According to recent data, alkyl gallates and other amphiphilic phenols, compounds possessing similar structure to the HT analogs presented here, have significant antifungal activity (Kozubek et al., 2001; Kubo et al., 2001b). It is suggested that their potency may result from the interaction with cell wall components (phospholipids, etc.); therefore, their activity is due partly to the ability of these molecules to function as nonionic surfactants (surface-active compounds), disrupting the fungi membrane. The mechanism by which surfactants exert their activity is not entirely understood, it is, however, hypothesized that, due to their amphiphilic character, they are inserted into the fungi lipid bilayer (possibly in other microbial membranes also), where they elicit an immediate destruction effect (Kubo et al., 2001a; Koziróg et al., 2018). In that aspect, the amphiphilic character of the HT analogs presented in this work and the experimental evidence for rapid destruction of the fungus membrane allow us to reasonably assume that they act primarily as nonionic surfactants, though other additional molecular interaction could account for the final effect. However, specific structural characteristics are needed for optimal antifungal activity strongly depended from a balance between the polar hydrophilic and the non-polar hydrophobic part of the molecules. The aliphatic ester side chain (hydrophobic tail) is assumed to interfere with the cell membrane, while the acidity of the catechol group (hydrophilic head) seems to be essential for the antifungal activity. The initial contact with the lipid bilayer should involve the electrostatic interaction of the catechol system with the negatively charged phosphate groups of the membrane; thus the increased acidity of the hydroxyl groups due to the carbonyl substitution might be essential for activity. The divergence of the activity in relation to the structure of the alkyl tail indicates its vital role in the action of the compounds. The length (6 to 10 carbons) and increased volume because of alkyl substitutions are fundamental for optimum activity, whereas the substitution of the α-carbon is critical for the electrostatic interaction of the hydrophilic head. The rationale for the role of the side alkyl chain is not entirely understood, and further research is needed in order to design more effective antifungal agents. Nevertheless, the fact that the HT analogs, very likely, targets the extra- cytoplasmic region could explain, as mentioned before, the lack of resistance of the described molecules.

Although recent technological advances made accessible unprecedented tools for drug discovery the development of new molecular scaffolds with demonstrated pharmacological properties is becoming slower and more expensive. Our study shows once more that the natural product chemical space provides the basis of successful design of new small-molecular-weight molecules with excellent pharmacological properties. As HT has been shown to undergo rapid oxidation the antifungal HT analogs described here will, however, need to be tested in vivo in mouse models and evaluated in respect to their stability or synergistic or antagonistic effects with other antifungals.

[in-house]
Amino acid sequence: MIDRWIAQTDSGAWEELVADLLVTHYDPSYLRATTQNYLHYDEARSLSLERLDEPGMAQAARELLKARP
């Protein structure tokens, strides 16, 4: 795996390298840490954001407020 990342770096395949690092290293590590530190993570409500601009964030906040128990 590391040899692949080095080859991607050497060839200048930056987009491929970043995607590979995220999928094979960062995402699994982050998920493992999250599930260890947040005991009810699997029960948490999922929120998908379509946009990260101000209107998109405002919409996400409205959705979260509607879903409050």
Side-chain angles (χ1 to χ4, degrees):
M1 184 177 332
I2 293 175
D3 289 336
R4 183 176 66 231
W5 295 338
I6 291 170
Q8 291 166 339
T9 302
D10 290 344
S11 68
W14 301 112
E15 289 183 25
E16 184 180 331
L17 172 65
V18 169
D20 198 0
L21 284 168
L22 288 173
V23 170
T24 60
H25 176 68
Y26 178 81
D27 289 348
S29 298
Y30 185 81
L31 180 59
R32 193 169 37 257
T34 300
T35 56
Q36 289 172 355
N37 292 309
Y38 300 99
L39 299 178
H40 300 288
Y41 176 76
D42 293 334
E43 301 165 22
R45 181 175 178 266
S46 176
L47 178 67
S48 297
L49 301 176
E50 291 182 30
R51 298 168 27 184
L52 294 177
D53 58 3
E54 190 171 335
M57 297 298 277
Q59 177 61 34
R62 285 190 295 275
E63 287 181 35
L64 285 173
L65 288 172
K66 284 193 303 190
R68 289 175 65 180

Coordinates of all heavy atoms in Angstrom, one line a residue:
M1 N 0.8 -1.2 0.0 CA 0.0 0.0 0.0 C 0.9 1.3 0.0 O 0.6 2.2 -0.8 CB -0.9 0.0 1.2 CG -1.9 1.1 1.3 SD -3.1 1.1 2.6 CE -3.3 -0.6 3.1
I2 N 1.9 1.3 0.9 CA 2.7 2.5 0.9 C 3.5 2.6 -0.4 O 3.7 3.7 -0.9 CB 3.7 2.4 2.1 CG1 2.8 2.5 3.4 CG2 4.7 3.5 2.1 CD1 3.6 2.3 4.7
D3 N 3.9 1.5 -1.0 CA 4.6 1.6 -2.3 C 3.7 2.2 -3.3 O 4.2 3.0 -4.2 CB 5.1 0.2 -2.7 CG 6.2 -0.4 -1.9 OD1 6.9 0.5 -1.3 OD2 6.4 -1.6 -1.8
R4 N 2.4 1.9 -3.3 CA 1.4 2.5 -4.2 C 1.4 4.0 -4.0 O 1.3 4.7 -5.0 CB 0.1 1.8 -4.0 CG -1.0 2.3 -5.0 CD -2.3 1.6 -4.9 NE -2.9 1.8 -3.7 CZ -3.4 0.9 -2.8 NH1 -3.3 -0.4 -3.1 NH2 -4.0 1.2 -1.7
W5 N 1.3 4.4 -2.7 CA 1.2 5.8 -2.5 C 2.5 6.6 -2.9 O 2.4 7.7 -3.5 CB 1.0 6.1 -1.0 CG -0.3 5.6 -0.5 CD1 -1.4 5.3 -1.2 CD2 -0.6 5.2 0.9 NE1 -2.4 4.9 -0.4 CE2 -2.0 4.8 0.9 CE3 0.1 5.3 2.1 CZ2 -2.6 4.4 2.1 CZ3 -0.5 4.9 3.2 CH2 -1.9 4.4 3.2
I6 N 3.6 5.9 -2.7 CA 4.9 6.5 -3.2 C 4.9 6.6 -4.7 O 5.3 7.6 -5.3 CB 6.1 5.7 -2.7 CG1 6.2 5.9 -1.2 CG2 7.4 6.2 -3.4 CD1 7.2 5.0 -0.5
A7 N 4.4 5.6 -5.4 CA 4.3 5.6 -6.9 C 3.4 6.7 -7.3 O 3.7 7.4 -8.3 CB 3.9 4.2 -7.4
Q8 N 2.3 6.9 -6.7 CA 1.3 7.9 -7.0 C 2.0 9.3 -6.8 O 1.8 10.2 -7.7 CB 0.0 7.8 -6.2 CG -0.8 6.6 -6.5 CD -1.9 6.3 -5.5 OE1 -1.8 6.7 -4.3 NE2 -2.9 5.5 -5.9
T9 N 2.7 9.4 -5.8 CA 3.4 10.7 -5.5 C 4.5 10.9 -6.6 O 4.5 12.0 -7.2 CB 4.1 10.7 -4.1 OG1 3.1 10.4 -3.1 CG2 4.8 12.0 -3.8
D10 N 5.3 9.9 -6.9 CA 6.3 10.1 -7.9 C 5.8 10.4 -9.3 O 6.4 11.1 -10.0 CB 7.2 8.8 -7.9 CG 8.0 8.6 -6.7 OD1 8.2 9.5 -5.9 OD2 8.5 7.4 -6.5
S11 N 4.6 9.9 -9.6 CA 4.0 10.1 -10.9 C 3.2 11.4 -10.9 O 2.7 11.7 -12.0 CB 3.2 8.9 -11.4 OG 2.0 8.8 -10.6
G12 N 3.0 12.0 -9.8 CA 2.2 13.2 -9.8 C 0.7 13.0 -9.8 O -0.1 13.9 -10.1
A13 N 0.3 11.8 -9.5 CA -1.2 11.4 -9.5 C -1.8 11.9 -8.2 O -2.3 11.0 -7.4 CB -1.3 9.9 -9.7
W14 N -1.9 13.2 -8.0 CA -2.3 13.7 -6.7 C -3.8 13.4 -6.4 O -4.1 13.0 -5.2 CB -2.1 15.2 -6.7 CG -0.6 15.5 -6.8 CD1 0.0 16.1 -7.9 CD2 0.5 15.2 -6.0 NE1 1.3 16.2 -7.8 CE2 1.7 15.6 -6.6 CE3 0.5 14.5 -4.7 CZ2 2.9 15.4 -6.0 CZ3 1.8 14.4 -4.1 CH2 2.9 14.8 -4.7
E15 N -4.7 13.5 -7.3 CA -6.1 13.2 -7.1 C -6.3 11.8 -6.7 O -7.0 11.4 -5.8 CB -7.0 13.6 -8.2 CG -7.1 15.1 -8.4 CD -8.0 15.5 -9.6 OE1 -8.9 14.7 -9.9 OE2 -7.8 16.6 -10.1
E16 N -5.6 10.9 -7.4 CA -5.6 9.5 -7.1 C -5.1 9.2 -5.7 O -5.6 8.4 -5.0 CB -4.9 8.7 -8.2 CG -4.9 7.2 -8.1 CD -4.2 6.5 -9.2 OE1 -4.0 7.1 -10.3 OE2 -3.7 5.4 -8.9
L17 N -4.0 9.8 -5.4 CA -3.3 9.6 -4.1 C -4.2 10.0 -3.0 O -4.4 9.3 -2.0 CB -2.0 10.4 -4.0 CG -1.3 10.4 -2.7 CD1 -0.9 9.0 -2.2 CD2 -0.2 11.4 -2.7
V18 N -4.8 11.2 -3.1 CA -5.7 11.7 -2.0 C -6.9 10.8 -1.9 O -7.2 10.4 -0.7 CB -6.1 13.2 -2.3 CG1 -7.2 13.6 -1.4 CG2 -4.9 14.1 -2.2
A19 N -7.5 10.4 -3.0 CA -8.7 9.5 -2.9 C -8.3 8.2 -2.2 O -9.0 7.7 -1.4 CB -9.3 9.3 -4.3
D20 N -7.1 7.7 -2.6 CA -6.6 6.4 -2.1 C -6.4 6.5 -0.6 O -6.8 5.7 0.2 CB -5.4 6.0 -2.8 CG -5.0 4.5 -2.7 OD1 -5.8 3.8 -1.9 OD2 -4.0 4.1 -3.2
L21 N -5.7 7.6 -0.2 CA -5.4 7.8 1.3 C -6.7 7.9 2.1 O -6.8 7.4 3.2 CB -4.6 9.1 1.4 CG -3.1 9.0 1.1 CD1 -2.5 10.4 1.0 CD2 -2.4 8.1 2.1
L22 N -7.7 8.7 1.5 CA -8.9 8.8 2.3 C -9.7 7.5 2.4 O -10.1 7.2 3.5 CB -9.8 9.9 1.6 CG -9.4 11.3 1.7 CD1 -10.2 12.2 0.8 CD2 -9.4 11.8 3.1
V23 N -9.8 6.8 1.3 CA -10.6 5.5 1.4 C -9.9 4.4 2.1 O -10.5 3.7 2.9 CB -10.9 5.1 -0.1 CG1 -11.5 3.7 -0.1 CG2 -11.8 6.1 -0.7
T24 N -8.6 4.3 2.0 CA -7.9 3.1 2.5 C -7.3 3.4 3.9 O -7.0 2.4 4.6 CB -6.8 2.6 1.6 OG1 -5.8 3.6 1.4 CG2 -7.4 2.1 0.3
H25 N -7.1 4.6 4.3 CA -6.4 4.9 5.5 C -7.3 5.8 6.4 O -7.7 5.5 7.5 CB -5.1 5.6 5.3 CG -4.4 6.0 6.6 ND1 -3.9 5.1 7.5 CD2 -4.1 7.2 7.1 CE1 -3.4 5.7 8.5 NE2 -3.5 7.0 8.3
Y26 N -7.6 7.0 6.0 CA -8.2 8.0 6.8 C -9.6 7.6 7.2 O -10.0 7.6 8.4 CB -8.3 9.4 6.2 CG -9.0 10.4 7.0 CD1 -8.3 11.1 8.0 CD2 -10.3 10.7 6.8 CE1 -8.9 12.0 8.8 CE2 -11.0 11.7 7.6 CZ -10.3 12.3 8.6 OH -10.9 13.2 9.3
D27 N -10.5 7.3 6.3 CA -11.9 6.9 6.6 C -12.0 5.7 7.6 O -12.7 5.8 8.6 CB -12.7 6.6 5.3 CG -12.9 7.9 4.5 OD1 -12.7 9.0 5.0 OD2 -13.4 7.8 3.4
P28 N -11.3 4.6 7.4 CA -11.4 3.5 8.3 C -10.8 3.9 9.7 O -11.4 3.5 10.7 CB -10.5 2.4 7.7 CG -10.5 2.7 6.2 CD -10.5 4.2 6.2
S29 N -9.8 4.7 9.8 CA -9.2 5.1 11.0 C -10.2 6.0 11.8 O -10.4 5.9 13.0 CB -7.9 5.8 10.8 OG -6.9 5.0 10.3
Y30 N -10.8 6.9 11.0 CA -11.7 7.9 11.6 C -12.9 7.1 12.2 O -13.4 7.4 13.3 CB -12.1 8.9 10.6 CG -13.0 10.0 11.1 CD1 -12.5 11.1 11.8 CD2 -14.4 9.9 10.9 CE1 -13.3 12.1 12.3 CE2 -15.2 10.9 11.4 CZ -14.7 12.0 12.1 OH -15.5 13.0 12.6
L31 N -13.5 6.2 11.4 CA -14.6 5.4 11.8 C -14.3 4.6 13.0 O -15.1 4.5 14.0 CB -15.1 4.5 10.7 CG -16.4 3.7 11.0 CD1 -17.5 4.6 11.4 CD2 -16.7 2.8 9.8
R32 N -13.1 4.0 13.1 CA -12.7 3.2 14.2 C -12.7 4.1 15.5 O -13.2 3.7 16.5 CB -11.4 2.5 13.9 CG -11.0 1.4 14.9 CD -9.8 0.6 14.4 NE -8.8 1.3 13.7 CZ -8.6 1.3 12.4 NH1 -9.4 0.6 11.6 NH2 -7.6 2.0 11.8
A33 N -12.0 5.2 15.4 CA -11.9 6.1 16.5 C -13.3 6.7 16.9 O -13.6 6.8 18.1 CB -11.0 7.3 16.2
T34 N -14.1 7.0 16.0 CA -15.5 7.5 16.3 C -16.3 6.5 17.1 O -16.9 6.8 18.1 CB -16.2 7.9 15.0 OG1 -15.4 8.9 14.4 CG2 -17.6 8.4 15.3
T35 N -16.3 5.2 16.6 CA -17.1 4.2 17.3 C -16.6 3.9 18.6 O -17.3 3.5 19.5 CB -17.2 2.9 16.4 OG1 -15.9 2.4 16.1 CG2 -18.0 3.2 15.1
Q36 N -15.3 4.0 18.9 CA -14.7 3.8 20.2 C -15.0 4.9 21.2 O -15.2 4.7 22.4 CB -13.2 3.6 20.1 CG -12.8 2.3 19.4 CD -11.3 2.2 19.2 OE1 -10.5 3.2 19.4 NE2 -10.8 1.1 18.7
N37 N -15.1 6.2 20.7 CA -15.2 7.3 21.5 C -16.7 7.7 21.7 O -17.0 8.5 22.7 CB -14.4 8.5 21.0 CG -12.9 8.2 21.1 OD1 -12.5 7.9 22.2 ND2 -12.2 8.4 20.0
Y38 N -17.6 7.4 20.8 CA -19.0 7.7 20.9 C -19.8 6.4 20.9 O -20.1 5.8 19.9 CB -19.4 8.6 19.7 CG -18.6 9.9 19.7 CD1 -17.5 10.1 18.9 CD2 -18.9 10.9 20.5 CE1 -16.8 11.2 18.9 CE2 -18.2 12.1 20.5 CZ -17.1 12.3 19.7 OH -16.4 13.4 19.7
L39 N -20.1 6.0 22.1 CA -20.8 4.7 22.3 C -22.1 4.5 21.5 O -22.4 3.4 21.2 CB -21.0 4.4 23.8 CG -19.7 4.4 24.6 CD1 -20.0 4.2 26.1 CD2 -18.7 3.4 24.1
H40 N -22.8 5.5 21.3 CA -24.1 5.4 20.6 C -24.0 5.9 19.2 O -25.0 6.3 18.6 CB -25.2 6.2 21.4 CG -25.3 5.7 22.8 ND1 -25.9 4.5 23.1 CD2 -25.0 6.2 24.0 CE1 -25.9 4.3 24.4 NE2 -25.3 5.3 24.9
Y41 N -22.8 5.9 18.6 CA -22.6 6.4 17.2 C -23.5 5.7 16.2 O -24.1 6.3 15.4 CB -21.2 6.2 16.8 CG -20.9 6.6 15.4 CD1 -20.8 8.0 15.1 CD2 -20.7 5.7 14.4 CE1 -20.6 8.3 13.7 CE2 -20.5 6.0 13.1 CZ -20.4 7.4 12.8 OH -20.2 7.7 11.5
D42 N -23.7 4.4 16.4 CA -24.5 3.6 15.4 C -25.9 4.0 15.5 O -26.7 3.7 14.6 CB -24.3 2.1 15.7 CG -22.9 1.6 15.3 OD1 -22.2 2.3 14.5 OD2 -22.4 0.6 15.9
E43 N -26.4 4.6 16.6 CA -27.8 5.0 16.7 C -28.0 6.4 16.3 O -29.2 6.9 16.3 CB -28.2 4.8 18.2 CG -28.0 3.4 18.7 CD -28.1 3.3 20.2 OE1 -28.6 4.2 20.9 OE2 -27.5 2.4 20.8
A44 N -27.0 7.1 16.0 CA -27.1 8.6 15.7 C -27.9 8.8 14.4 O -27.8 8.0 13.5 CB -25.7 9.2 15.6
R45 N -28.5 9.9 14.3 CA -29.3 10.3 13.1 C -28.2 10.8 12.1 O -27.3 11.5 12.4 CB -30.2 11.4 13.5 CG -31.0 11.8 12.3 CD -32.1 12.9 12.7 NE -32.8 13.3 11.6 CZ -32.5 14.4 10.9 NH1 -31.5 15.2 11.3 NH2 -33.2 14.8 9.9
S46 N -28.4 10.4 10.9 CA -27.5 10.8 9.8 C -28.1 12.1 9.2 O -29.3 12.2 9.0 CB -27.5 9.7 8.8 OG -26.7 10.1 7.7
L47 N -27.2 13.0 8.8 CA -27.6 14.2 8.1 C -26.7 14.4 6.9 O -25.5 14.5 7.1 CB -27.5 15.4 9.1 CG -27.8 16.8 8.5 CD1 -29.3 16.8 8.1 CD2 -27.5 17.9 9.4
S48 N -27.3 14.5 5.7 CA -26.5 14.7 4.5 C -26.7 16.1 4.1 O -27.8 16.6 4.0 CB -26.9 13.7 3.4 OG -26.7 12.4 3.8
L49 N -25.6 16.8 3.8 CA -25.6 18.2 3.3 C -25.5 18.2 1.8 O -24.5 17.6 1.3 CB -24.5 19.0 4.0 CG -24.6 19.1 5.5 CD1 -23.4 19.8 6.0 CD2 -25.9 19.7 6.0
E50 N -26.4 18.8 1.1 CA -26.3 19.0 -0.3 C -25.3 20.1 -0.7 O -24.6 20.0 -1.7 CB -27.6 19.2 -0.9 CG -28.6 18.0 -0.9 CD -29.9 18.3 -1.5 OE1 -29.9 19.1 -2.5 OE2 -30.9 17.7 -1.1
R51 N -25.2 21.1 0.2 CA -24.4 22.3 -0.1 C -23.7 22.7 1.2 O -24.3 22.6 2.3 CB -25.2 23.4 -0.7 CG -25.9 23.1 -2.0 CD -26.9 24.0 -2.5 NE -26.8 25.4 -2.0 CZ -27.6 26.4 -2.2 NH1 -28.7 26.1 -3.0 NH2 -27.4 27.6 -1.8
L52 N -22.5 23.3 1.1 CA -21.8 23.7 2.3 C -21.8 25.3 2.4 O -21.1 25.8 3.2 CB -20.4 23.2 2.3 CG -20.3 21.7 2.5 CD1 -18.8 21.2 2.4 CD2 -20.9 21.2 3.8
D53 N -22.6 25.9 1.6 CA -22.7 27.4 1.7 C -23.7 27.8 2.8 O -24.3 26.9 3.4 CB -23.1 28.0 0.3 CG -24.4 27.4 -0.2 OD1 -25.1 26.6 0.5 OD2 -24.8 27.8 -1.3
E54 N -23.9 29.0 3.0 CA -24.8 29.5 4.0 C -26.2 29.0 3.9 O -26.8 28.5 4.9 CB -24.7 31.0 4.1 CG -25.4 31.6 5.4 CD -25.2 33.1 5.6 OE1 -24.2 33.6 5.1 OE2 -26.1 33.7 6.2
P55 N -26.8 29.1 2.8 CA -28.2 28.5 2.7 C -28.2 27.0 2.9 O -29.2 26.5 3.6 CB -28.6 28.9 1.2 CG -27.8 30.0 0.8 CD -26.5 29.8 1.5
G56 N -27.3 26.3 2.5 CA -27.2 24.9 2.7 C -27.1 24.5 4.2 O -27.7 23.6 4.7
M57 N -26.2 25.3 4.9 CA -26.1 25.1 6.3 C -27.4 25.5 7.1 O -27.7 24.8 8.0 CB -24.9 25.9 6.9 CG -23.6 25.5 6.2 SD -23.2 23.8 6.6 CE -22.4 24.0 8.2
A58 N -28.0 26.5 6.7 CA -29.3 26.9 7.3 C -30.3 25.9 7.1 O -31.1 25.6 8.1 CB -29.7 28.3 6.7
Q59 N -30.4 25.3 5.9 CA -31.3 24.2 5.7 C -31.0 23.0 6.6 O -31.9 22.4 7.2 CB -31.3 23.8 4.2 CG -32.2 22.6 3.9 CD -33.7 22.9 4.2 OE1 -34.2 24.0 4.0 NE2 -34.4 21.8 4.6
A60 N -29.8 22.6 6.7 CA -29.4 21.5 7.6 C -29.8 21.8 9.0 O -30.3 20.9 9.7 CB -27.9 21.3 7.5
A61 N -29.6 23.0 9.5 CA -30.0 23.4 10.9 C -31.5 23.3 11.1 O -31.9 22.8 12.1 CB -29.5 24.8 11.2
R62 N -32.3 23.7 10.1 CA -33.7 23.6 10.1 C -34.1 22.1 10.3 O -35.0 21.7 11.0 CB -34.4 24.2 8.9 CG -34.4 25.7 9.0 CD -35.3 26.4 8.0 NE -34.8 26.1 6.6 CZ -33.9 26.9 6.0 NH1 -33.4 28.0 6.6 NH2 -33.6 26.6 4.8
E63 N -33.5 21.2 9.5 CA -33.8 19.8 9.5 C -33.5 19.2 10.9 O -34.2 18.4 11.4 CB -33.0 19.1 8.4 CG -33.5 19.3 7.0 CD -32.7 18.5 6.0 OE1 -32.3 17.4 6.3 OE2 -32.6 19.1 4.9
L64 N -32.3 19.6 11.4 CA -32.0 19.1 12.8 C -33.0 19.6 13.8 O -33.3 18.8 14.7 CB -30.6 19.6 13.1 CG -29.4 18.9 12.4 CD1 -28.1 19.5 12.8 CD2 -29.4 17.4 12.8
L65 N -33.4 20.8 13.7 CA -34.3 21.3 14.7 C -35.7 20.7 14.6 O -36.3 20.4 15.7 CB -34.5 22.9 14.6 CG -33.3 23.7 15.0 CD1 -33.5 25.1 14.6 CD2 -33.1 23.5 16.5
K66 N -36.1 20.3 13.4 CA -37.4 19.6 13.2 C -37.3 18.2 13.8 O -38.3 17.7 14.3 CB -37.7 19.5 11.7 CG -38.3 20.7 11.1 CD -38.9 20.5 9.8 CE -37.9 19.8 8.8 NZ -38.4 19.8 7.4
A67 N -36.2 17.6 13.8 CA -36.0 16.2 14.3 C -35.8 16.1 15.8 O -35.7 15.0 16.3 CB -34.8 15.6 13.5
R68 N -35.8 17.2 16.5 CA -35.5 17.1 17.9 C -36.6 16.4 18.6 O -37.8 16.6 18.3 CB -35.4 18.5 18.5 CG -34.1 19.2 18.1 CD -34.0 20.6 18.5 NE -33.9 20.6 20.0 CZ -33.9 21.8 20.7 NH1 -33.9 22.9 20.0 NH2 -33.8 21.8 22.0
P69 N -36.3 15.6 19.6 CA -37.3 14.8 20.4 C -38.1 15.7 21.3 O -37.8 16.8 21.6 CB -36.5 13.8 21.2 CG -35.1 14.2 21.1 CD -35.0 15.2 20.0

Materials and Methods

Synthesis of HT Analogs

Chemical synthesis of HT analogs is described in detail in Supplementary Material. HT analogs were prepared in DMSO and aliquots and kept at -20°C. For experiments, the final concentration of DMSO in the medium was<0.1% (v/v) and the controls received DMSO only.

Fungal and Bacterial Strains and Growth Media

Standard “wild-type” fungal strains of A. nidulans (FGSC A4), A. fumigatus (Af293), A. flavus (NRRL3357), F. oxysporum (F3; (Christakopoulos et al., 1996)) and C. albicans clinical isolate from the Mycetotheca ATHUM collection of Athens University1 were used. The A. nidulans used contains a mutant allele (veA1) at the velvet locus, and a standard vitamin auxotrophy (pabA1 for para-aminobenzoic acid requirement). All other Aspergilli used correspond to standard strains used for genome sequencing2. For in vivo epifluorescence microscopy, strains expressing GFP-tagged functional UapA (Pantazopoulou et al., 2007) or FurA (Fernandez-Bolanos et al., 2012) transporters were used. Standard Aspergillus Minimal and Complete Media (MM and CM) were used for growth of all fungi3. The nitrogen source used in MM was 10 mM NaNO3. Standard bacterial strains, coming from an in-house stock, of E. coli (DH5a), P. aeruginosa, P. fluorescens, Klebsiella sp., B. subtilis and S. aureus were used. Luria-Bertani medium was used for growth of bacterial strains.